A CNBC reporter since 1990, Bob Pisani has reported on Wall Street and the stock market from the floor of the New York Stock Exchange for more than a decade. Pisani covered the real estate market for CNBC from 1990-1995, then moved on to cover corporate management issues before moving to the New York Stock Exchange in 1997.
He was nominated twice for a "CableACE Award"—in 1993 and 1995.
In 2013, he won Third Place in the National Headliner Awards in the Business and Consumer Reporting category for his documentary on the diamond business, "The Diamond Rush."
In 2014, Bob was honored with a Recognition Award from the Market Technicians Association for "steadfast efforts to integrate technical analysis into financial decision making, journalism and reporting."
Prior to joining CNBC, Pisani co-authored "Investing in Land: How to Be a Successful Developer." He and his father taught a course in real estate development at the Wharton School of Business at the University of Pennsylvania from 1987-1992. Pisani learned the real estate business from his father, Ralph Pisani, a retired real estate developer.
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Slowdown talk hurts tech, commodities, defense stocks today. UBS downgrades IBM on concerns about a slowing in tech orders; Deutsche Bank downgrades Boeing and Goodrich. Commodities weak across the board—metals, steel, iron ore (2nd day in a row.) Defensive stocks—consumer, drugs all strong. Lilly upgraded at Morgan Stanley.
Commodity based stocks getting hit hard again midday. Alcoa down 5.3 percent, AK Steel down 4.6 percent, oil service down 2.3 percent. What's up? Underlying commodities are weak for a second day in a row--the CRB index (a basket of commodities) has fallen almost 2 percent the past two days.
One of the greatest concerns was the considerable technical damage that was done to the market last week, a concern echoed this morning by Lowry's, the oldest technical analysis service in the country.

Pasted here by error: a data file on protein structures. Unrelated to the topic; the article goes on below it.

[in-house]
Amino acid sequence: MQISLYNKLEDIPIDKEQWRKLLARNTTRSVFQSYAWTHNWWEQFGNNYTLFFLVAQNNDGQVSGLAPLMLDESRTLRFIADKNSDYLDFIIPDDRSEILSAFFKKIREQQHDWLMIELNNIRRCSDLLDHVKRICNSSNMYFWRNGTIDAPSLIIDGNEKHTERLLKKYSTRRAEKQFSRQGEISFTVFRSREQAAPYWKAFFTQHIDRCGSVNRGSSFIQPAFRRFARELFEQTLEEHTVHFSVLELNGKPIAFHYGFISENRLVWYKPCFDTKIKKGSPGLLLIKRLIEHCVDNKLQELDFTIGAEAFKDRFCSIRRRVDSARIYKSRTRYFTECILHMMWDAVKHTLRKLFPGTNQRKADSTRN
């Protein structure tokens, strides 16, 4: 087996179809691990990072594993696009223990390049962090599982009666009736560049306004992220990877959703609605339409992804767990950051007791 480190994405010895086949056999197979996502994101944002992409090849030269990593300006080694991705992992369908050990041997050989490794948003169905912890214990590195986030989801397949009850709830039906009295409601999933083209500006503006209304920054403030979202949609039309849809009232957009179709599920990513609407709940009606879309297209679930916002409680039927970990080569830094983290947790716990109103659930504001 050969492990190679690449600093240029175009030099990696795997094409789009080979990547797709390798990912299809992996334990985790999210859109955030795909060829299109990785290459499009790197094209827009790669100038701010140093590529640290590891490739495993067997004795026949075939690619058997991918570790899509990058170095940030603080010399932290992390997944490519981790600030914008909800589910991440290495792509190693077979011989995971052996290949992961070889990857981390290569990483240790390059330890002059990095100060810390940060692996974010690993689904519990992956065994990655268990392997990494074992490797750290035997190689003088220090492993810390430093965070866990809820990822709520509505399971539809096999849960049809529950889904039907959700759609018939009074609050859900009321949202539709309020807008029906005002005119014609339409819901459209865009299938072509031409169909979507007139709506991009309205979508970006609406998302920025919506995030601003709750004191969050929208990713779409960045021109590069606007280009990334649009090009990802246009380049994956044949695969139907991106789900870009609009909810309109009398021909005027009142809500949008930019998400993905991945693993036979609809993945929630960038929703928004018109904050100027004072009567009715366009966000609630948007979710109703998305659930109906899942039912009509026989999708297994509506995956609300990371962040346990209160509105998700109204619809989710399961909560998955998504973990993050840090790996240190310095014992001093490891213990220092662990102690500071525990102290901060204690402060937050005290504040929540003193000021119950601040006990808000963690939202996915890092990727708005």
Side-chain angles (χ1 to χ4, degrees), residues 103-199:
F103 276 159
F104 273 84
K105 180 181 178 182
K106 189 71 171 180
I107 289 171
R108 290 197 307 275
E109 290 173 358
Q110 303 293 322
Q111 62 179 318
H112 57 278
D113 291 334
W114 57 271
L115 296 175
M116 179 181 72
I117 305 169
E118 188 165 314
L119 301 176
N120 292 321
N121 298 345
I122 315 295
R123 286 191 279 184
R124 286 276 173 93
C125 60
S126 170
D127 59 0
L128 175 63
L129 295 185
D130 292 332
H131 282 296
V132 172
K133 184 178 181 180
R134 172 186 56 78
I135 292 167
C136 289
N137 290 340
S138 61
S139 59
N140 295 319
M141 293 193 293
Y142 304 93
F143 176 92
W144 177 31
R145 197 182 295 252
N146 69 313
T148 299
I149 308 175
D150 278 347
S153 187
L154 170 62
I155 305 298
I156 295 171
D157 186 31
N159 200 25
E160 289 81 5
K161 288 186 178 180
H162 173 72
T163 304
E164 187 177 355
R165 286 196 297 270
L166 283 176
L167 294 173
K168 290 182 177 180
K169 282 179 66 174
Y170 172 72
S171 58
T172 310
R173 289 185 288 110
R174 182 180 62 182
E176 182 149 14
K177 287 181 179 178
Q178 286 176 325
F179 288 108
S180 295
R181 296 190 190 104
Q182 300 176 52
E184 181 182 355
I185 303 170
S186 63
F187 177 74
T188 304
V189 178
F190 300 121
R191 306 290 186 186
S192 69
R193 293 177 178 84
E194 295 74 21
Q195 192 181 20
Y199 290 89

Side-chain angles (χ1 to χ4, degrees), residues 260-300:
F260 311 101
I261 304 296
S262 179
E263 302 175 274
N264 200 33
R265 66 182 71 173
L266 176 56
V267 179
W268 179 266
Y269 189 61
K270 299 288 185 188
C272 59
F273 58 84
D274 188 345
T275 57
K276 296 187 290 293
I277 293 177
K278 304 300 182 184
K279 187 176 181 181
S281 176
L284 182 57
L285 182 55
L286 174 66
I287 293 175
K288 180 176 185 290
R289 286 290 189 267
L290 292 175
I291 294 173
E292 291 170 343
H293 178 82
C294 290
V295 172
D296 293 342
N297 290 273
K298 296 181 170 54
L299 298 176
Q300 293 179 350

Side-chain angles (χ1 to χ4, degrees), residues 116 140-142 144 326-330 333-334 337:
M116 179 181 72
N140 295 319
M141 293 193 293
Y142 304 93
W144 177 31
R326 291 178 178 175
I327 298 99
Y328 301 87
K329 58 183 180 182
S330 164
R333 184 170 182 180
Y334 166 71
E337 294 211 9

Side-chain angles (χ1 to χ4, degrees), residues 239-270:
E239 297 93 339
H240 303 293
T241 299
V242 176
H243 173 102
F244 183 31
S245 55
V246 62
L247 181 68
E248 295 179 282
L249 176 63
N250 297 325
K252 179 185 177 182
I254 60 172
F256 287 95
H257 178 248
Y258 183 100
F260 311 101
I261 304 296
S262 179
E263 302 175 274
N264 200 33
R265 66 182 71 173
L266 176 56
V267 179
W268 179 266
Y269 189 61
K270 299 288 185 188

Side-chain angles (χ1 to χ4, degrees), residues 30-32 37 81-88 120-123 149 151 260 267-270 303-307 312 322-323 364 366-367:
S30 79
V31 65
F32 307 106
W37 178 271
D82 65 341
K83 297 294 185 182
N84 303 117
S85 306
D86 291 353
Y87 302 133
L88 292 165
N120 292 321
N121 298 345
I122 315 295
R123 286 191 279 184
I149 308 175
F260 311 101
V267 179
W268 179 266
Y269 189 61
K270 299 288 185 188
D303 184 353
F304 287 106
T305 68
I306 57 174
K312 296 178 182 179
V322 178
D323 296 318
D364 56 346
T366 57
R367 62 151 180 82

Fourth quarter earnings season begins in earnest this week. On Friday, the weak jobs report forced traders to question the recent overweight in tech, industrials and materials. This overweight was based on the assumption that: 1) the U.S. was unlikely to be entering a serious slowdown.
The poor jobs report is causing a rethinking of stock models, which are weighted toward certain sectors based on earnings expectations. Up until recently, many large traders were overweight tech, industrials and materials stocks on two assumptions.
The markets will quickly move from the debacle of the jobs report to earnings, and here the picture is a bit precarious as well. Fourth quarter earnings estimates have been coming down fast. We're expecting earnings for the S&P 500 as a whole to be down 9.5 percent (estimates from Thomson).
Traders are blinking in disbelief at the commodity complex, as the S&P Energy Index (a basket of all the major energy stocks) has hit an historic high and gold stocks have gone parabolic. Look at what gold stocks have done in just the past two days:
Oil has everyone ajar on Wall Street, but today Stratfor--a respected global geopolitical consultant--has put out a thought-provoking piece arguing that oil prices are likely to go DOWN, not up, in the coming months. A massive reduction in global demand due to a softer global economy? No, though that is the usual suspect the oil bears argue.
Alibaba is turning the page on its new era...by closing the book on investors.
A theory about Alibaba's impact on other IPOs may get its first test on Thursday.
Energy stocks fall as Brent Crude oil falls to a 17-month low amid lower demand and plentiful supply.
Alibaba's IPO is getting strong demand, raising questions whether the e-commerce giant will increase the size of its offering.
Alibaba could have sold nearly $2 billion worth of stock listing on Nasdaq, but it was worried about Nasdaq's ability to handle their $21 billion IPO.
Forgive him, father, for he has sinned. Trader-turned-comedian Raj Mahal offers these confessions from his time on Wall Street.
The Federal Reserve is increasingly expected to send a more hawkish message when it meets next week.